Today, let's listen for the Master's voice and choose to turn from seeking our own satisfaction and follow Him. 

"To him the gatekeeper opens. The sheep hear his voice, and he calls his own sheep by name and leads them out." John 10:3 esv
In case you missed yesterday's post, here's the link: Finding Good in the Midst of the Hard

Monday, January 8, 2018

Finding Good in the Midst of the Hard

Horses, like humans, have distinct personalities. Toby, my first horse, has always been sassy and full of zip, but he's slowed quite a bit. He's more than thirty years old now, and his personality is a little more zap than zip. He's slower to come up than he used to be and his final days are near.

When it comes to eating, he's especially slow, and it shows in his gaunt physique. I've added extra feed, wormed him more often, checked his teeth. No change. He's always been thin, but he's gotten thinner as the years have passed. "Just like me," Sam always said. "We're both thin. It don't matter a bit." 

Most of the time, I feed the horses together in one trough at the edge of the pasture. The younger horses eat quickly. Toby chews on every bite. It takes him a while, and he's often at the trough long after the other horses have wandered away. Hay's always available, so he's never without something to eat, but I've worried about him. 

When single-digit weather came, I moved the horses to the pasture behind the barn and started feeding them in stalls again. The first day, the young horses were finished eating long before Toby. I waited a bit to turn them out, and Toby finished his grain.

Last night, I dumped feed in Toby's pan and ran my hand down his side. He was still lean, but his ribs weren't quite as prominent. He'd gained a few pounds since he'd been in the barn. "Hey, Toby, I think the freezing weather has helped you, old buddy." He kept his head in the feed.

The cold snap brought low temperatures, ice, frozen pipes, and extra work, but the effort hasn't been wasted. Toby's a little better. It's a bit of good in the midst of the hard.

I've been through plenty of hard times in my life, but one thing's been true of every difficulty. There's always something good in the midst, IF we're willing to look for it.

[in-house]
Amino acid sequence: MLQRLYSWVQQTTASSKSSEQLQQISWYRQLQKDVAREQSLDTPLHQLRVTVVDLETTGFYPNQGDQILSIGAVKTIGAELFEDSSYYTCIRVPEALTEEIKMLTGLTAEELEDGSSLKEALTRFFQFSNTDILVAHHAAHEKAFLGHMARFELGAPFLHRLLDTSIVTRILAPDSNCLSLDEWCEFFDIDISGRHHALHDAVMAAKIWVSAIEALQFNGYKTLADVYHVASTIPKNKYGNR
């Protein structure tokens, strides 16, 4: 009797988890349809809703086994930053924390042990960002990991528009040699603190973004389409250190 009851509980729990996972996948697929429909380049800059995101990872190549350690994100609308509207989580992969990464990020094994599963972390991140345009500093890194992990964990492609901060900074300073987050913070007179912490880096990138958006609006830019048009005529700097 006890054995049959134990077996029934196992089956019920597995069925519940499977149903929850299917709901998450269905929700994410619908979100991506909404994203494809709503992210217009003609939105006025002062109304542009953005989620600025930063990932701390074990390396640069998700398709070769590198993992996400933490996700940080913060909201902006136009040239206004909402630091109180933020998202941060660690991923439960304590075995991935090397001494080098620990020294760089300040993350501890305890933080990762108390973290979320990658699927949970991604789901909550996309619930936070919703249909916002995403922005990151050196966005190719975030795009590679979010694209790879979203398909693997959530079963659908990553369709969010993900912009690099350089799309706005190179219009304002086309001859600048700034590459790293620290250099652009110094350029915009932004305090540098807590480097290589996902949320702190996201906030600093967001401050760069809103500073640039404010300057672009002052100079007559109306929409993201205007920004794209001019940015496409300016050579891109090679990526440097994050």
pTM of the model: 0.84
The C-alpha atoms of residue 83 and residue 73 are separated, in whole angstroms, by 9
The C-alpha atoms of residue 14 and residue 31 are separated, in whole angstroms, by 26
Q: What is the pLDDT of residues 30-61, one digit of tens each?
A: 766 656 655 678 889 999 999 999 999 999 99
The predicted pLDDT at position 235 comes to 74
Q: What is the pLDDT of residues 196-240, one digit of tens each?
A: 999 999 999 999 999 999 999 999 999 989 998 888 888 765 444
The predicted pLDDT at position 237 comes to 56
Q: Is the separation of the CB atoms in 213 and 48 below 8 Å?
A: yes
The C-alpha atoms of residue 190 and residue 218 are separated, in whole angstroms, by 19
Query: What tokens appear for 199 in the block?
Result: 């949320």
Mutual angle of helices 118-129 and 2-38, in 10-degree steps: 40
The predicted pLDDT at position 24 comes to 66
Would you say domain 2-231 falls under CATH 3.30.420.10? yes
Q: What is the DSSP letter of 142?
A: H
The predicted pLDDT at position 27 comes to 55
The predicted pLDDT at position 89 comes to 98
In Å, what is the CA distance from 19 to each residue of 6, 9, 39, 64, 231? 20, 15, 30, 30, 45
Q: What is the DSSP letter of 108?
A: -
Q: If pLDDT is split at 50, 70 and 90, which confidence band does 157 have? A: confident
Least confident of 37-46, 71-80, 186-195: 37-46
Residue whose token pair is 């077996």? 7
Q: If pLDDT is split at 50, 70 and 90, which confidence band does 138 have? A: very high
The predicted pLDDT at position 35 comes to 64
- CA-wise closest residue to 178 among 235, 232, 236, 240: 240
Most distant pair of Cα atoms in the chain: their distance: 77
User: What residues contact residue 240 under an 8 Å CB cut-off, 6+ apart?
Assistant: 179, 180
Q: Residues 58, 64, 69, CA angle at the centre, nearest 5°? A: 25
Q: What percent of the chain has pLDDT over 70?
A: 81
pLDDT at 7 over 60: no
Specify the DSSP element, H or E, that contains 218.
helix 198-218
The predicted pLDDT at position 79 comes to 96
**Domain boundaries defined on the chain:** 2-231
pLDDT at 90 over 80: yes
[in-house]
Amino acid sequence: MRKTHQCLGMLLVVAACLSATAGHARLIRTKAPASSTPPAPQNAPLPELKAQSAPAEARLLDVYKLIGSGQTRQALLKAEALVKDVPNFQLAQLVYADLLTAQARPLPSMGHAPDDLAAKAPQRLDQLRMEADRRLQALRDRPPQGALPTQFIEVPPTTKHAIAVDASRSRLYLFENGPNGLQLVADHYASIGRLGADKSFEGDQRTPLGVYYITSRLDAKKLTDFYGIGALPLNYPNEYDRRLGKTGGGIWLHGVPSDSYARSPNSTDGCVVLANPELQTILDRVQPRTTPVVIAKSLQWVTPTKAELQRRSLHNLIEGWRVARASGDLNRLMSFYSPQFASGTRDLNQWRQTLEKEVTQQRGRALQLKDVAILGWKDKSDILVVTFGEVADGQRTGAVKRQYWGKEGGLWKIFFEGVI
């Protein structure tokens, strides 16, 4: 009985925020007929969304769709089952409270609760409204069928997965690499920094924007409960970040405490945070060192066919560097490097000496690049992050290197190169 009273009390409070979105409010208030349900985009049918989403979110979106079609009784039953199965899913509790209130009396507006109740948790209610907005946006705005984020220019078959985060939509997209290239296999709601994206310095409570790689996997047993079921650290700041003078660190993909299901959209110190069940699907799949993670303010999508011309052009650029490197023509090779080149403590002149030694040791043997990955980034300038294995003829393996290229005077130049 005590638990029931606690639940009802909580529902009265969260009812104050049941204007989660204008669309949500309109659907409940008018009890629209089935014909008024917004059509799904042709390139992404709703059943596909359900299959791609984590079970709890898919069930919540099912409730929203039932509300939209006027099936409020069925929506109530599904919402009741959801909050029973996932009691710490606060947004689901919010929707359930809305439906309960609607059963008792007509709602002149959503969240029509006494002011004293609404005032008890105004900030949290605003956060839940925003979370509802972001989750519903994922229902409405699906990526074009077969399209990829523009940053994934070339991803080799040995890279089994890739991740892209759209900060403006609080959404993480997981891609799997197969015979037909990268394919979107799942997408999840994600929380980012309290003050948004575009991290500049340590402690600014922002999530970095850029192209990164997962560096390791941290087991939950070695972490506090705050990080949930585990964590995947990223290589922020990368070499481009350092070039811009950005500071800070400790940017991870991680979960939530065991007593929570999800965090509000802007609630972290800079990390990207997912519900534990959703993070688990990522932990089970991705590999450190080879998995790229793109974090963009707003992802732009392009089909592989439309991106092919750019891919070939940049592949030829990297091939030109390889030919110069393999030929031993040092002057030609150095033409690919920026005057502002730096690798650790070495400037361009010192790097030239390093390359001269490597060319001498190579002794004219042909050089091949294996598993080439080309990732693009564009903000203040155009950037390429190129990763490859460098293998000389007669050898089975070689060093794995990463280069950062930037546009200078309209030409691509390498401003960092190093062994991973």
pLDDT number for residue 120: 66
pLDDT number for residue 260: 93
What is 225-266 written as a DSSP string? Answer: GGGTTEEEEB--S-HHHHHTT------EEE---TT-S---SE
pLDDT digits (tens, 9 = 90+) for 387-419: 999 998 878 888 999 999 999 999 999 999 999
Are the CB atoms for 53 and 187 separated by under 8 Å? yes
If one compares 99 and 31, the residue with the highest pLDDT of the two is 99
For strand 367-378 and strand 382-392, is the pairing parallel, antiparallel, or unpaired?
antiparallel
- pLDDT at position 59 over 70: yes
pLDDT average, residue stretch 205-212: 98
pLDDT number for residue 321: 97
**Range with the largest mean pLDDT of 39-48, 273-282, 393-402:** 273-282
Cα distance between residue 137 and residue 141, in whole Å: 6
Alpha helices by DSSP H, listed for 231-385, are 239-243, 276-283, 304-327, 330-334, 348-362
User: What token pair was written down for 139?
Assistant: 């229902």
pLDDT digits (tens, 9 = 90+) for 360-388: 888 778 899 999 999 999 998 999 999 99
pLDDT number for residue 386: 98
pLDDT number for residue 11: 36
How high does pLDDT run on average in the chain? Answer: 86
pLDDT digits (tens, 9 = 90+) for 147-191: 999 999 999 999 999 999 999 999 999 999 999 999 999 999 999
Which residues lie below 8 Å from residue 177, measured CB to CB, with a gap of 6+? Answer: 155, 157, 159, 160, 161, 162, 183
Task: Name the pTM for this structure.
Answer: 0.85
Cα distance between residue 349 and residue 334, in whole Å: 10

Today, let's spend some time considering our own difficulties. What growth has God brought from it? How are we becoming more like Him? How has blessing come from the hard? Let's look close to find the good, and be sure to thank Him for what He has done.

"Who will separate us from the love of Christ? Will tribulation, or distress, or persecution, or famine, or nakedness, or peril, or sword?...But in all these things we overwhelmingly conquer through Him who loved us." Romans 8:35, 37 nasb
In case you missed it, here's the link to yesterday's post: The Method in the Madness and Learning from the Land

Sunday, January 7, 2018

The Method in the Madness and Learning from the Land

A dear friend commented about yesterday's blog:

"I remember reading about the frigid temperatures of the past and thinking, 'Why doesn't she just sell those farm animals, freeing herself of all that work?' Hauling water by wagon to those animals was beyond me. But, through the years, I've learned that's part of who you are."

Many people feel the same way about my animals. Yes. I know I could have an easier life if I sold whatever is causing my current challenge. Easier, however, does not always mean a richer life.

I didn't grow up with livestock or horses, but there was always a picture in my head of black and white cows on rich, green pastures. When I arrived at the farm for the first time to "take a look," I saw the picture in my head in living color, alive and breathing in the field.